Section 238(11) of the Act requires the Court to determine the "fair rate of interest, if any, to be paid by the company upon the amount determined to be the fair value". However, there is no further statutory guidance on what a "fair rate" is or the period of time to which interest should apply.

In Qunar, [17] the Court confirmed that, as a matter of principle, it was right to follow the midpoint approach previously adopted in Integra [18] and Shanda Games. [19] This requires the Court to determine the midpoint between the rate which prudent investors in the position of the dissenting shareholders could have obtained if they had the money to invest and the rate at which the company could have borrowed the amount representing the fair value of the dissenters' shares. Although this blended rate is to be applied on a simple interest basis, the Court held in a subsequent supplemental decision [20] that an element of compounding must be applied when calculating the prudent investor rate (in order to take account of the compounding nature of investment returns during the time that the dissenters were kept out of their funds). 

Interest was found to run from the date that the company makes its written fair value offer to dissenting shareholders (ie 30-50 days prior to commencing proceedings), until the earlier of either when any judgment is given as the interest payable or when the dissenters are actually paid for their former shareholdings in the company (taking into account any interim payment made). After any judgment is made on interest, further interest then continues to run at the statutory judgment interest rate. [21] For more detailed analysis on these decisions in Qunar, see Approach to interest and costs in section 238 proceedings confirmed in the Cayman Islands and Snapshot: fair rate of interest in section 238 proceedings to include a compounding element.

The midpoint approach in determining a fair rate of interest was then reconfirmed last month by the Court in Trina. [22] The Court rejected the company's argument that the rate which prudent investors in the dissenters' position could have obtained if they had the money to invest should be based on an entirely risk-free strategy and clarified that the prudent investor rate can be determined by reference to the ordinary asset allocation of the particular dissenting shareholders - provided that a prudent investor in their position would have also been likely to have apportioned its investment in this way for the time that the dissenters were actually kept out of their funds. For more information on this decision, see Interest and costs in section 238 proceedings revisited.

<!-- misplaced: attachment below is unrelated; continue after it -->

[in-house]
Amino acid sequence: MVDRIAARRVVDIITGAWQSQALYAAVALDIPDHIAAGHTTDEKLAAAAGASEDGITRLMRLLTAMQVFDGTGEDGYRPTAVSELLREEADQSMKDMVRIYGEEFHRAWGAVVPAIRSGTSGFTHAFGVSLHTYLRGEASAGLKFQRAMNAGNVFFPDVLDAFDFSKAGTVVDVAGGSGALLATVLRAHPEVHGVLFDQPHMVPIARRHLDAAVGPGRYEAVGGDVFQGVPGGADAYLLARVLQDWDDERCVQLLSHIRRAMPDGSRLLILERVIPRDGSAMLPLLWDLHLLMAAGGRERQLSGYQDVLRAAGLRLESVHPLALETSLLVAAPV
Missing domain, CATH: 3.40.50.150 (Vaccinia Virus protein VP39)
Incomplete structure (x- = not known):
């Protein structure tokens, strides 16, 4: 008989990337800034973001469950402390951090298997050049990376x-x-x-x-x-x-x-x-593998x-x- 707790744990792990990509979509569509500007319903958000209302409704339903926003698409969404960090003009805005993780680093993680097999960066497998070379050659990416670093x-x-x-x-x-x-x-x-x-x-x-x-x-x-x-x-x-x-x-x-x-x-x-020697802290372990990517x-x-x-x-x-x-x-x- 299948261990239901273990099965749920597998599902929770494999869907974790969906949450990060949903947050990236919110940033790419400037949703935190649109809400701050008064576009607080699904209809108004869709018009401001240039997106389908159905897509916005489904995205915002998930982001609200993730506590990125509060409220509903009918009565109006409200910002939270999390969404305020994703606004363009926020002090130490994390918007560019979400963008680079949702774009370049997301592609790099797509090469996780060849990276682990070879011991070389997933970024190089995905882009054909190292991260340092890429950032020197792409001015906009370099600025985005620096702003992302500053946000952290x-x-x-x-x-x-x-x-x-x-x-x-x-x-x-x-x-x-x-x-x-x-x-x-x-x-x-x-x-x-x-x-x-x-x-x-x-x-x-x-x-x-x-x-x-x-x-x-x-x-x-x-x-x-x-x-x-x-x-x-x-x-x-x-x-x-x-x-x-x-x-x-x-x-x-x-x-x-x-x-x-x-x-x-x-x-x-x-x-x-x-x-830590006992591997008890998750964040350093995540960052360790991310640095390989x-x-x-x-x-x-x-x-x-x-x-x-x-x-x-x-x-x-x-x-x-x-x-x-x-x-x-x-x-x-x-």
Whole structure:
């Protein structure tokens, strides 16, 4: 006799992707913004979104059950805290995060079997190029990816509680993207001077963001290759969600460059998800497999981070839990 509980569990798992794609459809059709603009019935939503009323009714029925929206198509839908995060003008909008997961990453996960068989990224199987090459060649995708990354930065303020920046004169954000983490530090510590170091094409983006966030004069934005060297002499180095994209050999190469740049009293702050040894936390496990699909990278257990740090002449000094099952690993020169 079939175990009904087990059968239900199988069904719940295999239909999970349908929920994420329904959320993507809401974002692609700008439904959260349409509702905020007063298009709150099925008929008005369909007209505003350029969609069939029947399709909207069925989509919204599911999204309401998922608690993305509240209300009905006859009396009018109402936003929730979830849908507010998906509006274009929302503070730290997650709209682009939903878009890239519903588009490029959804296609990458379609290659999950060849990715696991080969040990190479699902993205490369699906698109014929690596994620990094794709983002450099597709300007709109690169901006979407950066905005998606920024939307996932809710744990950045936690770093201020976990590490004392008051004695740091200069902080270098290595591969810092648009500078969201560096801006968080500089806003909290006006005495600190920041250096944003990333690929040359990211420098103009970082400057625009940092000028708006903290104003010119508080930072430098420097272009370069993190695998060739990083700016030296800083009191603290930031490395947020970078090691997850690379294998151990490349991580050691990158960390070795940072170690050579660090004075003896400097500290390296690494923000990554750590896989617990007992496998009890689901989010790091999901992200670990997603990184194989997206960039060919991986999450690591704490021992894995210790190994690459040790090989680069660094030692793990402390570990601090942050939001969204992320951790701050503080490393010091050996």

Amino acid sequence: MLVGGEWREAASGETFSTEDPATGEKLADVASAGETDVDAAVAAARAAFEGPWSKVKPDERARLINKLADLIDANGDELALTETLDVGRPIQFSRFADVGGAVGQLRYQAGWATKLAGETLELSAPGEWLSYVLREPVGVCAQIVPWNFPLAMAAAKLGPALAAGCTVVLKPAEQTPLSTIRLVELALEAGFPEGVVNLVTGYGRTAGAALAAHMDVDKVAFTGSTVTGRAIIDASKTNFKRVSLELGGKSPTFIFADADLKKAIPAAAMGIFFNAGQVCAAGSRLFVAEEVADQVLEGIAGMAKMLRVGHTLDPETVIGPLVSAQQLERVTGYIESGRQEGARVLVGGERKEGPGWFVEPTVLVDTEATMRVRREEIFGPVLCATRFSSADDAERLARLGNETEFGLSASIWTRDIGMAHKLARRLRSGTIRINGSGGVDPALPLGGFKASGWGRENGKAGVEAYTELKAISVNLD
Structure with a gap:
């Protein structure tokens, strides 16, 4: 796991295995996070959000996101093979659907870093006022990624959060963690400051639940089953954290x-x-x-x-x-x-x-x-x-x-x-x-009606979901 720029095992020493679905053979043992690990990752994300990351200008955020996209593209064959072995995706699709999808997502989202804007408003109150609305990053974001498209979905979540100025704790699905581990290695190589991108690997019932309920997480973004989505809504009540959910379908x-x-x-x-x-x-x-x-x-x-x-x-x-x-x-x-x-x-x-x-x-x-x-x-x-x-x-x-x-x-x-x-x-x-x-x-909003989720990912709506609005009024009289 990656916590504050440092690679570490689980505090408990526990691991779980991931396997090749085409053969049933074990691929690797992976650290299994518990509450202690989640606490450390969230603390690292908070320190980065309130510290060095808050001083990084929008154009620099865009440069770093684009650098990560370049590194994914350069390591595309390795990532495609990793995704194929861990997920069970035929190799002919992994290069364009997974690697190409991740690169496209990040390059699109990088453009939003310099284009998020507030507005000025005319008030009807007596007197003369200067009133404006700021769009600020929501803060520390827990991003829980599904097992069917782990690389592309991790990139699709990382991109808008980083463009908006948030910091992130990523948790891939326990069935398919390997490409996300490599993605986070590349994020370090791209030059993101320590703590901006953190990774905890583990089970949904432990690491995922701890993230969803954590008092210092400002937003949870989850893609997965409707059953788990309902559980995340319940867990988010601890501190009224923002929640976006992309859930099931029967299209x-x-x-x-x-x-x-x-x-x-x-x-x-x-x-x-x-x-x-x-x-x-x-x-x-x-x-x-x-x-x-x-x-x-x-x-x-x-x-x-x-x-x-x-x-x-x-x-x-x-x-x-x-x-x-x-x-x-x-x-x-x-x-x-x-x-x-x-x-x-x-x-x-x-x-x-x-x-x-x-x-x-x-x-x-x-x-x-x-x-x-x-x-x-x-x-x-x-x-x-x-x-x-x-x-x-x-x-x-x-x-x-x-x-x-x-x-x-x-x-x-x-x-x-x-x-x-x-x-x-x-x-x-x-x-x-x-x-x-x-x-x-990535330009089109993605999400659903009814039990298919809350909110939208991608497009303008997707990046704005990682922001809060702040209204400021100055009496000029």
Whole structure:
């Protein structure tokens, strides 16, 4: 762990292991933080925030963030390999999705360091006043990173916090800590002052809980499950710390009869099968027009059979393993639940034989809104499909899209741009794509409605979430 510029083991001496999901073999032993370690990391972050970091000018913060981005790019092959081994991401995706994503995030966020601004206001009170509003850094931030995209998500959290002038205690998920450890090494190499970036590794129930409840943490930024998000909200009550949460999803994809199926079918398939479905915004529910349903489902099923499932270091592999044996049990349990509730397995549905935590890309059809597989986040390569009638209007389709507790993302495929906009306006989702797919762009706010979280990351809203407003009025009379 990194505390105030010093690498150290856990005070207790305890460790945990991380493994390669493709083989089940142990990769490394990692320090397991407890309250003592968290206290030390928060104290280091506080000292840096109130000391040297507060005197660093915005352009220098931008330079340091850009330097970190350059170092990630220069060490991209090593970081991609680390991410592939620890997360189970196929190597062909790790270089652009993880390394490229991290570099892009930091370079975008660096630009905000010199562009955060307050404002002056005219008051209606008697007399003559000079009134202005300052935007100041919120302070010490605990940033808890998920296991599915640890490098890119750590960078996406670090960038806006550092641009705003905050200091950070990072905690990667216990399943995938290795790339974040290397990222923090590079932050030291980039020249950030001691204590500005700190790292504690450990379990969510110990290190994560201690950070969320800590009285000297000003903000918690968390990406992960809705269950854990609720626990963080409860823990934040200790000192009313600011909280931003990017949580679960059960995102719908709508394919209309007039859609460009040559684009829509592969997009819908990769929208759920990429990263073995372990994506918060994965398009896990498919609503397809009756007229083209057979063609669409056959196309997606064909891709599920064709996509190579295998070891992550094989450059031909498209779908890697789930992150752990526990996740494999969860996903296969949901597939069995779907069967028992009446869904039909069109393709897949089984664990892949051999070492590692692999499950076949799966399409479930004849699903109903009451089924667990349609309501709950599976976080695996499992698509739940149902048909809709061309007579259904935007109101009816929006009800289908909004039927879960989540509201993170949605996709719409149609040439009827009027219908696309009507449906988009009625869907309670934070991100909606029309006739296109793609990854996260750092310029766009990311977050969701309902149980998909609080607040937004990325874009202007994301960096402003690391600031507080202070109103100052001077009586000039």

The Court in both Qunar [23] and Trina [24] was also required to determine how adverse costs should be approached in the section 238 context. 

In Qunar, the dissenters had contended that an uplift of 415% on the merger price should be awarded. However, the Court ultimately ordered an uplift of just 2%. In these circumstances, the Court considered that this was a case where "a more nuanced approach should apply than merely to look at 'who writes the cheque'". Given that the real issue for the Court was the vast delta between the parties' respective expert valuations, and since the Court's determination was significantly closer to what the company's expert had opined was fair value, the Court held that the common sense view was that the company had succeeded at trial, and that it would be unfair to order the company to pay the dissenters' costs (even though the dissenters had achieved a modest uplift on the merger price). The company then argued that the dissenters should themselves be ordered to pay the company's costs from the time that they refused a "without prejudice save as to costs" offer to settle the proceedings for a 20% uplift on the merger price, made two weeks before the trial commenced. However, the Court held it would not be fair to make such an award against the dissenters due to uncertainty in the wording of the company's settlement offer, which was made on a "subject to contract" basis and, even if the offer was capable of acceptance, the dissenters having not conducted themselves unreasonably in their response to it. Accordingly, the Court made no order as to costs, the result being that the parties each bore their own costs of the proceedings. A more detailed analysis of this decision can be found here.